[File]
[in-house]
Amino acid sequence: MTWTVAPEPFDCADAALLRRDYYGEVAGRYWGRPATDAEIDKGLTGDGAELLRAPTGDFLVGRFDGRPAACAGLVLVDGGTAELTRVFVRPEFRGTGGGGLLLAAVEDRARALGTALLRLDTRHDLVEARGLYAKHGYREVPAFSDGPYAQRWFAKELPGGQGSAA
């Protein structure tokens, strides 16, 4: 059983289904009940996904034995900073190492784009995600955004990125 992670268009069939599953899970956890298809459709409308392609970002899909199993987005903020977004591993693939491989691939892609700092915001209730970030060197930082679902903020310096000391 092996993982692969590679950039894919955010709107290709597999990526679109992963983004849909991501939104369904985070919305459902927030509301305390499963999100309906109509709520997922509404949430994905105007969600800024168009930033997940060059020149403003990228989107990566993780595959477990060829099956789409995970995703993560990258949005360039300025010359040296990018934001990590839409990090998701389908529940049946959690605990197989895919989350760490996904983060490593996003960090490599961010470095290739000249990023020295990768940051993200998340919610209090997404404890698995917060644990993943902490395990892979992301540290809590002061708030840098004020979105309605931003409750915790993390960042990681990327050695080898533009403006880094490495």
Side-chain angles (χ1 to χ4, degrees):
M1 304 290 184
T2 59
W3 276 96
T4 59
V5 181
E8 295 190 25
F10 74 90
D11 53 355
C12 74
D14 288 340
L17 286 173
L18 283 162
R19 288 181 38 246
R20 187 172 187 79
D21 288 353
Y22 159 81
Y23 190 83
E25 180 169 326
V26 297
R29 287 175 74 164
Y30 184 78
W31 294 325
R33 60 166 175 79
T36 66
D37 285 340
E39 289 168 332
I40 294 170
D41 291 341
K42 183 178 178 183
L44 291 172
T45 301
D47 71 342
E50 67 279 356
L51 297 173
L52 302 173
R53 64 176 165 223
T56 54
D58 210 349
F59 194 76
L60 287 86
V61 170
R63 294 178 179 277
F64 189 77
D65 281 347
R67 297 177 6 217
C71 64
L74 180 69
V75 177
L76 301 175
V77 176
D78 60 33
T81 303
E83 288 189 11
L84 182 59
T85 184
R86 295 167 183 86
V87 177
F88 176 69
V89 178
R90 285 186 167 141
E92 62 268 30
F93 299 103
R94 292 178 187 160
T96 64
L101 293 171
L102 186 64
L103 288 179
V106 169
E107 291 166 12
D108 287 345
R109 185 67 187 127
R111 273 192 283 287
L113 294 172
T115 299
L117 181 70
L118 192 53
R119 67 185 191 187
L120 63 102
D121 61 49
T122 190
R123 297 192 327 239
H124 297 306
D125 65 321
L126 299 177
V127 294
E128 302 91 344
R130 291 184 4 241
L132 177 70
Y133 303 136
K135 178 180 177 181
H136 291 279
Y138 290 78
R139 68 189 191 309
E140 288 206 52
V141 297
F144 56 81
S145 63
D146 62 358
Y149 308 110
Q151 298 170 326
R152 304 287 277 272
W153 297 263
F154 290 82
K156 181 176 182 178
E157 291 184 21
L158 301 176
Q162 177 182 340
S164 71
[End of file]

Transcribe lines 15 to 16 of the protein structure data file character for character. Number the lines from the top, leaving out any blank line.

L17 286 173
L18 283 162